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    "If you've been injured through no fault of your own you could be entitled to compensation. If you're unsure if you could claim, I recommend you call Accident Advice Helpline."

    Esther Rantzen

    Whiplash Injury Claims in the UK

    How many whiplash injury claims are made in the UK?

    Each year, around 600,000 whiplash injury claims are made in the UK – a figure that has attracted much criticism from the media and, recently, the Government.  These claims tend to centre around large cities, including Manchester, Birmingham, Liverpool and East London.  The media have made a story from the statistics, which indicate that while, in 2011, claimable road accidents fell by 11%, whiplash claims rose by 18%.  Assumptions have been made that these ‘hotspots’ of high claim rates are linked to an increased awareness of the ability to claim and a claims culture emerging, but the likely explanation seems much more obvious when you look closely at the common causes of whiplash.

    How do whiplash injuries occur?

    Whiplash injuries can occur in many circumstances, including some hobbies and sports such as diving.  But most commonly, whiplash occurs in road traffic accidents.  Whiplash is a neck injury that is usually caused by a sudden and violent jolt.  The injury to your neck or spine is caused because your body is subjected to a rapid acceleration and deceleration force, which is consistent with a traffic accident.  The most likely type of traffic accident to cause whiplash is surprisingly a low-speed-accident, where your car is hit from behind while your vehicle is stationary.
    While this sounds surprising, this is because in a low-speed-accident your vehicle is less likely to be damaged, resulting in a ‘shunt’ rather than a ‘crumple’.  In other words, instead of your car absorbing the impact of the crash, through damage to the bumper or metalwork of the car, the impact is absorbed by your body.  In addition, whiplash injuries can take hours or even days to emerge, giving the impression that a whiplash sufferer has walked away from a low speed accident and not reported an injury for a couple of days, leading to the incorrect assumption that it is a false or malicious claim.  Whiplash is fortunately not usually a life-threatening injury, but it can lead to long term suffering, inability to work and partial disability.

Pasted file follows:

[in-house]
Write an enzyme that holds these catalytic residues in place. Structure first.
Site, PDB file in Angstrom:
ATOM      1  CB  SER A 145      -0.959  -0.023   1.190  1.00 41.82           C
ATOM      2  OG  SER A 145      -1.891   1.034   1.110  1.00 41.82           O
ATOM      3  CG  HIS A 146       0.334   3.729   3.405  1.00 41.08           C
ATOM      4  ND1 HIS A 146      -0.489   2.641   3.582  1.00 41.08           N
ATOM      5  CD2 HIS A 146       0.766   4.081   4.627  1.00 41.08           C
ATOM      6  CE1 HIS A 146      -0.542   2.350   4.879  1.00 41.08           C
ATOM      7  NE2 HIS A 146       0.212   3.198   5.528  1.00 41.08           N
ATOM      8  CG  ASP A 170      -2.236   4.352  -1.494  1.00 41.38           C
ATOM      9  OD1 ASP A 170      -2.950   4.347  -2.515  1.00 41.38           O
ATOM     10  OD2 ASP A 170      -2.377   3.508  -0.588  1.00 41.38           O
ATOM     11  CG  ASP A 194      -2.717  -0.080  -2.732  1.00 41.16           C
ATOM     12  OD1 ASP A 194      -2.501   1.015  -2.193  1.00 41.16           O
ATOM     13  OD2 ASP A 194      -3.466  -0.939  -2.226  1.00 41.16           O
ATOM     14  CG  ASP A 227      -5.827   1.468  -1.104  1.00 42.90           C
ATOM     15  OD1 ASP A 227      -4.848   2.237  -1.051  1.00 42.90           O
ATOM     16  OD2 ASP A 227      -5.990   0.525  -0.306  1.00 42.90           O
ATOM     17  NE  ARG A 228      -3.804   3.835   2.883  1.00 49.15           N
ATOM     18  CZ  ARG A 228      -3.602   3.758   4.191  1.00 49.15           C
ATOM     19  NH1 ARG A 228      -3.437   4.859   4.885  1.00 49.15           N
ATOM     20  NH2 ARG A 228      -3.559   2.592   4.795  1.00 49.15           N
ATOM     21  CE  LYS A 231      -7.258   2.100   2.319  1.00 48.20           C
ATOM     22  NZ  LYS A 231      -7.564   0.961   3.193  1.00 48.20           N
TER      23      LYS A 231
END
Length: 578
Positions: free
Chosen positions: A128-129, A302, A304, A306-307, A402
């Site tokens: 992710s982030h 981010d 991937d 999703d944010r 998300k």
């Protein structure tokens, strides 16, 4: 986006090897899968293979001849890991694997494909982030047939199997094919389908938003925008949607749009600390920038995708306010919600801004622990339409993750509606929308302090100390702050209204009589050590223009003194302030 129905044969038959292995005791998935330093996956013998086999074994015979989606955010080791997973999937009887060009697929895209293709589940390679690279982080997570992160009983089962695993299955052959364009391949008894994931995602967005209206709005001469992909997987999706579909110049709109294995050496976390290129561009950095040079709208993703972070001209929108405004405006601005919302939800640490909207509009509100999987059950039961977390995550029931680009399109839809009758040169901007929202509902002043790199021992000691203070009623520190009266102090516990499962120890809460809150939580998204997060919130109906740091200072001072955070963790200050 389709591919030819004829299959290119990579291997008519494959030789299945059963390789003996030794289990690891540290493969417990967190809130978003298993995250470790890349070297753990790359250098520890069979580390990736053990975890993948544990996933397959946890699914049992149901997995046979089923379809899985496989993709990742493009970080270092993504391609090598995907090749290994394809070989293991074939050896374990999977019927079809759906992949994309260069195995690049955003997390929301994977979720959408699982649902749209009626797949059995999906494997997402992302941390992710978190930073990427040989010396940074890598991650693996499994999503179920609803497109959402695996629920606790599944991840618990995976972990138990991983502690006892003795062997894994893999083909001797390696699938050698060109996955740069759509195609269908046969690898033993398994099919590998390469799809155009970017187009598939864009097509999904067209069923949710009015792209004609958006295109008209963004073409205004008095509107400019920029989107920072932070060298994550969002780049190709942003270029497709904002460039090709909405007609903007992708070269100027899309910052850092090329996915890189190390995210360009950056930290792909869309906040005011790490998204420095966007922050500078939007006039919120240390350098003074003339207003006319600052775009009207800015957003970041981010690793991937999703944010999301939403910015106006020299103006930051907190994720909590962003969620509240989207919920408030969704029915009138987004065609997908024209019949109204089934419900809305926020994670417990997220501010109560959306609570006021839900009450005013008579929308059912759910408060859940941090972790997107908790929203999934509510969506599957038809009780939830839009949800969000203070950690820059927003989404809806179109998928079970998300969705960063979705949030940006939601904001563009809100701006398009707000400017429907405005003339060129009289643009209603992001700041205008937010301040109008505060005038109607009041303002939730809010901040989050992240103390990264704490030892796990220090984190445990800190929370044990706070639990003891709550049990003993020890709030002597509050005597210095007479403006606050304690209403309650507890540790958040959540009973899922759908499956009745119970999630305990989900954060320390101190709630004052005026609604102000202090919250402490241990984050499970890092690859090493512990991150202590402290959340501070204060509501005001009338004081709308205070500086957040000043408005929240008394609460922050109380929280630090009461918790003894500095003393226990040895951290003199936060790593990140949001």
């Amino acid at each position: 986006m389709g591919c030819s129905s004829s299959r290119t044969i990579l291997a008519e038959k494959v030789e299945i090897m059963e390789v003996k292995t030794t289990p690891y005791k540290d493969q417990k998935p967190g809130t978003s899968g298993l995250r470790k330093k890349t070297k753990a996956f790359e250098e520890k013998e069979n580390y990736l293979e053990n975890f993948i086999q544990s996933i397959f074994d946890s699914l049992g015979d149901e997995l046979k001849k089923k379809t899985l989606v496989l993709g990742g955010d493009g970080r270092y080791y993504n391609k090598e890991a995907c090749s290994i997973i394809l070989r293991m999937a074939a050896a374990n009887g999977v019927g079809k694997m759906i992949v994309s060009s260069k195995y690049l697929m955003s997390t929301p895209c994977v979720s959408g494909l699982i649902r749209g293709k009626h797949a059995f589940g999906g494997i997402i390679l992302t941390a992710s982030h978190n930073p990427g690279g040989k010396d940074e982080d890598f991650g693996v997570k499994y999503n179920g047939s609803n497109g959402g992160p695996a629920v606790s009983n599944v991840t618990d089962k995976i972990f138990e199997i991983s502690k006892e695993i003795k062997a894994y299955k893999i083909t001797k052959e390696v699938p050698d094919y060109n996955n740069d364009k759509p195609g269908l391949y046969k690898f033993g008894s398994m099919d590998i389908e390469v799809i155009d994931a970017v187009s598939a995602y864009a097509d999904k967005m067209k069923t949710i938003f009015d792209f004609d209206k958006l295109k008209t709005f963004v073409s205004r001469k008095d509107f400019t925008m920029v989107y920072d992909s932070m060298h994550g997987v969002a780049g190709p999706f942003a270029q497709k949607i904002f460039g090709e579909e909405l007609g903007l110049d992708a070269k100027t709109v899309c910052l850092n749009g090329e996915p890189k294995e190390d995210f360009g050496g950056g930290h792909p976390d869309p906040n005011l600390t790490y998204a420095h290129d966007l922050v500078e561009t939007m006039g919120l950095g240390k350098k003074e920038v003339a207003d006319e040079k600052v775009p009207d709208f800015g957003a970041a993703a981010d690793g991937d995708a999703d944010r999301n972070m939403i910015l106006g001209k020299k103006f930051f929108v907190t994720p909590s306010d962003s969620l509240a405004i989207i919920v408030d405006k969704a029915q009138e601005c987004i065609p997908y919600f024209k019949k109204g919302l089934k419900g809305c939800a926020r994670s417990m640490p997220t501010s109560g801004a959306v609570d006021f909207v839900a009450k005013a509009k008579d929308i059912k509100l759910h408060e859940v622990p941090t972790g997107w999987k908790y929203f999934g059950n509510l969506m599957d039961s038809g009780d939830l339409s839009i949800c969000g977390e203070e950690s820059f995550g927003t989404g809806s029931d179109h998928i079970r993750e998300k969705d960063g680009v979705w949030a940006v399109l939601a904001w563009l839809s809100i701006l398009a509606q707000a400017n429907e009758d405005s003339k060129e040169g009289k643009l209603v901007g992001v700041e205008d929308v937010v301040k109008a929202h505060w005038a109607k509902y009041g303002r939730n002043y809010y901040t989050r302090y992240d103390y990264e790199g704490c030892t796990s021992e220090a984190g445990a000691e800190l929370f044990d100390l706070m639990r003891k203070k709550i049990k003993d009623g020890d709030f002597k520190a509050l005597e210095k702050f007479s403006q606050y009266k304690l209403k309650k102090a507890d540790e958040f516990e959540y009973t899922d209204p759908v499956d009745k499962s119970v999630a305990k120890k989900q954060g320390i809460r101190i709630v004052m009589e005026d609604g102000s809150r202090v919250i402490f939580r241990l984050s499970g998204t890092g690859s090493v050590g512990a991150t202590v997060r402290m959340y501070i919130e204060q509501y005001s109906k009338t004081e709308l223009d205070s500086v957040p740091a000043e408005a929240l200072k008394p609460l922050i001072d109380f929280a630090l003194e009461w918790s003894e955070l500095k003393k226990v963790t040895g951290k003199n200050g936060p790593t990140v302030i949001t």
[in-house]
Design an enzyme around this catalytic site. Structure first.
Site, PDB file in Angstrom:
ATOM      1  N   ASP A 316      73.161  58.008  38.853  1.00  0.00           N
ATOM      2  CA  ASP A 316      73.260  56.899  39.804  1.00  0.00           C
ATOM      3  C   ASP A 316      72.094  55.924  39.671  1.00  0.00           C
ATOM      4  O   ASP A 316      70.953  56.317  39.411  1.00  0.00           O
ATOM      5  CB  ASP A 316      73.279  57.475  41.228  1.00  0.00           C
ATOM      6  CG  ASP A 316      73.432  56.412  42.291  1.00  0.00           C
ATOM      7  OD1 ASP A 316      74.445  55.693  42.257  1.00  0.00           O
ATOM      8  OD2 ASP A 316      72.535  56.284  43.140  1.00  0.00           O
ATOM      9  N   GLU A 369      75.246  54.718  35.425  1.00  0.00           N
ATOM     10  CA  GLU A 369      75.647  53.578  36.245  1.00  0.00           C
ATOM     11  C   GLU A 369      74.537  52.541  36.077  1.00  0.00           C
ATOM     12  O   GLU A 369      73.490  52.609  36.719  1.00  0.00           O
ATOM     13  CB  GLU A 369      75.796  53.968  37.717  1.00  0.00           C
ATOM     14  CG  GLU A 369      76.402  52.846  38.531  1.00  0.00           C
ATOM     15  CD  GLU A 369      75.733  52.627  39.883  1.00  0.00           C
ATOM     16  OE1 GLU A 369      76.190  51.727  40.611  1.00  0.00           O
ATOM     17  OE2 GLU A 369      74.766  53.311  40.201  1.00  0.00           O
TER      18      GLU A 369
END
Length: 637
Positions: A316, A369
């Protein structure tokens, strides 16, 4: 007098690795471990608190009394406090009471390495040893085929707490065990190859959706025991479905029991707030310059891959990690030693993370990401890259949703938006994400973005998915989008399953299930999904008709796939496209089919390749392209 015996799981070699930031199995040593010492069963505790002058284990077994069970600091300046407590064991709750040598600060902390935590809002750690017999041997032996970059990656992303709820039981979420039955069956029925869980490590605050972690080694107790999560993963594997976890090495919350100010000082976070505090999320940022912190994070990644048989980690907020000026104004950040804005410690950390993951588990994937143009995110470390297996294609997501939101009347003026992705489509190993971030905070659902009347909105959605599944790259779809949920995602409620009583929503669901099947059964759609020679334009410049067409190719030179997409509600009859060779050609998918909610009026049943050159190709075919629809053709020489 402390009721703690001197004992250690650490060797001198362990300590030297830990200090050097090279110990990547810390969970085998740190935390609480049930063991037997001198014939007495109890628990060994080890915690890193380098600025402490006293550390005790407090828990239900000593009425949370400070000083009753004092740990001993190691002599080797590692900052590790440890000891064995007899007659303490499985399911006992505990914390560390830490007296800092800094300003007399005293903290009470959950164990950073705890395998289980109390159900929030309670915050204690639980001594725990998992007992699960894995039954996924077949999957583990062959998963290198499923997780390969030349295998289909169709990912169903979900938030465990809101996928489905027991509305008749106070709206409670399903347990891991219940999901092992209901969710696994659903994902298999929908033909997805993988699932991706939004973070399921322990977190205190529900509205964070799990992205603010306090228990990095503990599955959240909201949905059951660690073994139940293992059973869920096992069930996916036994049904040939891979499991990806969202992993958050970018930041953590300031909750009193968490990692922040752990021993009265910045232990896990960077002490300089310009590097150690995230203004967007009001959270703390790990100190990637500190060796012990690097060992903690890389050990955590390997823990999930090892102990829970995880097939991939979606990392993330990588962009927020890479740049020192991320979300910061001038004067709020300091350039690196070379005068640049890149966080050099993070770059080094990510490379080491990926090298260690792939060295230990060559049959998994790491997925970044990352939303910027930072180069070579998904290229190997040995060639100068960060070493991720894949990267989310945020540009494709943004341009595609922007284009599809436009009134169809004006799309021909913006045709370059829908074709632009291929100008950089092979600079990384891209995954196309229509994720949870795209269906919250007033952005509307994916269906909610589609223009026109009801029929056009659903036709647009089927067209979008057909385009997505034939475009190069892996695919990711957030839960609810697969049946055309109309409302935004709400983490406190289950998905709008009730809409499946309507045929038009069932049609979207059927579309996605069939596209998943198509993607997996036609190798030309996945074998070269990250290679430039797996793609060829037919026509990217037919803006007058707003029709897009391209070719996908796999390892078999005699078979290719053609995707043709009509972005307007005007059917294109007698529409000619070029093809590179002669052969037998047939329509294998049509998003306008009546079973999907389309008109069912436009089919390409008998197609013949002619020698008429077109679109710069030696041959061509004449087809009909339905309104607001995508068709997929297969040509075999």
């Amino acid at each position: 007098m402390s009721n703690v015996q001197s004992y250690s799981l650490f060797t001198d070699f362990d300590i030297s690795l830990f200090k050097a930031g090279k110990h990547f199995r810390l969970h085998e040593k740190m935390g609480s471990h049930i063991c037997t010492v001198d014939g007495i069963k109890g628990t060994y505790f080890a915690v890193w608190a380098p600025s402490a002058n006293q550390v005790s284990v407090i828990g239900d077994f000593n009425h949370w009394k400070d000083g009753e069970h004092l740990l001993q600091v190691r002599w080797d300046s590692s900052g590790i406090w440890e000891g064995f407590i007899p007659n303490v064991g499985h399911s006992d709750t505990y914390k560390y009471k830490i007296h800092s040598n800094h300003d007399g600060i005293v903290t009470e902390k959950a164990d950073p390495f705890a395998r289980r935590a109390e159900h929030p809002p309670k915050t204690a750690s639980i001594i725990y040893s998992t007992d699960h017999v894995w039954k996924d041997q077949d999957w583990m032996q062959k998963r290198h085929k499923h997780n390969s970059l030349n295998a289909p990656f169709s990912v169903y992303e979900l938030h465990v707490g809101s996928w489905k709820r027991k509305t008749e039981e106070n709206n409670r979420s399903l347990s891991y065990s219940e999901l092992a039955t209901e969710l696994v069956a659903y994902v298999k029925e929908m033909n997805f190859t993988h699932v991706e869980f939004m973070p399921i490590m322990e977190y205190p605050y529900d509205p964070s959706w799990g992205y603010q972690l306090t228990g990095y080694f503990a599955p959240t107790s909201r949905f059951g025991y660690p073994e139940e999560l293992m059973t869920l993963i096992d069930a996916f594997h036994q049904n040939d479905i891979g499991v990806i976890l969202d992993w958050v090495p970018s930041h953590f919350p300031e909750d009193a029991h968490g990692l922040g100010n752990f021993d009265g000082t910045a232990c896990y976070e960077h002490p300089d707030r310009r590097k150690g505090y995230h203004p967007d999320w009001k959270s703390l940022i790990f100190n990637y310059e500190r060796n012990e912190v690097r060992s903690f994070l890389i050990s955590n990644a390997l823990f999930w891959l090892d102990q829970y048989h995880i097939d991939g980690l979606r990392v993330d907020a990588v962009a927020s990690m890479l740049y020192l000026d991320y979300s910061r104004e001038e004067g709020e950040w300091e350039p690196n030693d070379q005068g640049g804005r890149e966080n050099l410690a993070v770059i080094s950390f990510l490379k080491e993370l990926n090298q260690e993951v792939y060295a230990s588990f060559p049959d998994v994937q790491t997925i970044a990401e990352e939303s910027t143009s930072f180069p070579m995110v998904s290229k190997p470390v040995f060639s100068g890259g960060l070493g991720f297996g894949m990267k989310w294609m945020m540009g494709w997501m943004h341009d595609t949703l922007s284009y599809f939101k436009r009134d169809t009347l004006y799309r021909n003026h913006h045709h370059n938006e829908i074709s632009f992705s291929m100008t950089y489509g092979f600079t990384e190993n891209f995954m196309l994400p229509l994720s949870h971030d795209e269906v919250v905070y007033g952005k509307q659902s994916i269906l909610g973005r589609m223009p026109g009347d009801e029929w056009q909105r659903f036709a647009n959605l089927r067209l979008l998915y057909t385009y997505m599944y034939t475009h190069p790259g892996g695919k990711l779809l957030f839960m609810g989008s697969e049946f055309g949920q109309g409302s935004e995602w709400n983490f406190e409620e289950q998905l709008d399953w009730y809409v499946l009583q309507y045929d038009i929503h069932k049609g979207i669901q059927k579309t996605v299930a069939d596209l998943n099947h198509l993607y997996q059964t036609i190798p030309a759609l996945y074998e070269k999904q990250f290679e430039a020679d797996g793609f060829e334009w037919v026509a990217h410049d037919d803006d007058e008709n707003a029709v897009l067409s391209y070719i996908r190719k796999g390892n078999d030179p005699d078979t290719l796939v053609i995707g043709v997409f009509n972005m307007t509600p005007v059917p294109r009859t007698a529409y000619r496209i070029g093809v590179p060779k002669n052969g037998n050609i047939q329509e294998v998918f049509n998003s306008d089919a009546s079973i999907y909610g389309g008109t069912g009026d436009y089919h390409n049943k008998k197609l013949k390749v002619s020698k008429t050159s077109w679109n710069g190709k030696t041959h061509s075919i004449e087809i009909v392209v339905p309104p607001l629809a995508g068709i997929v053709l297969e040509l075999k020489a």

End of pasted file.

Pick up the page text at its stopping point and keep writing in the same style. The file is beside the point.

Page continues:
The majority of people who experience accident whiplash recover very quickly, but a minority still experience symptoms months or even years after their accident.

    So what is driving the increasing rate of whiplash injury claims in the UK?

    Looking at the over-arching patterns in the UK at the moment – population growth centred in cities, relatively high employment levels known to have a correlation to traffic congestion – we can see that we are going to have more low-speed traffic on the roads than ever before.
    Yes, claimable road accidents are falling.  But the accidents that are most likely to cause whiplash are not high-speed – they are not likely to result in claimable damage to the cars involved.  As our roads become more congested, particularly in cities with huge rush-hour volume issues, we should expect a rise in whiplash injury claims in the UK.
    If you have suffered whiplash you can call Accident Advice Helpline on 0800 689 0500.

    Date Published: 15th January 2013

    Author: Emma Matthews

    Accident Advice Helpline (or AAH) is a trading style of Slater Gordon Solutions Legal Limited. Slater Gordon Solutions Legal Limited is a company registered in England and Wales with registration number 07931918, VAT 142 8192 16, registered office Dempster Building, Atlantic Way, Brunswick Business Park, Liverpool, L3 4UU and is an approved Alternative Business Structure authorised and regulated by the Solicitors Regulation Authority with licence number 591058 and regulated by the Financial Conduct Authority.

    Disclaimer: This website contains content contributed by third parties, therefore any opinions, comments or other information expressed on this site that do not relate to the business of AAHDL or its associated companies should be understood as neither being held or endorsed by this business.

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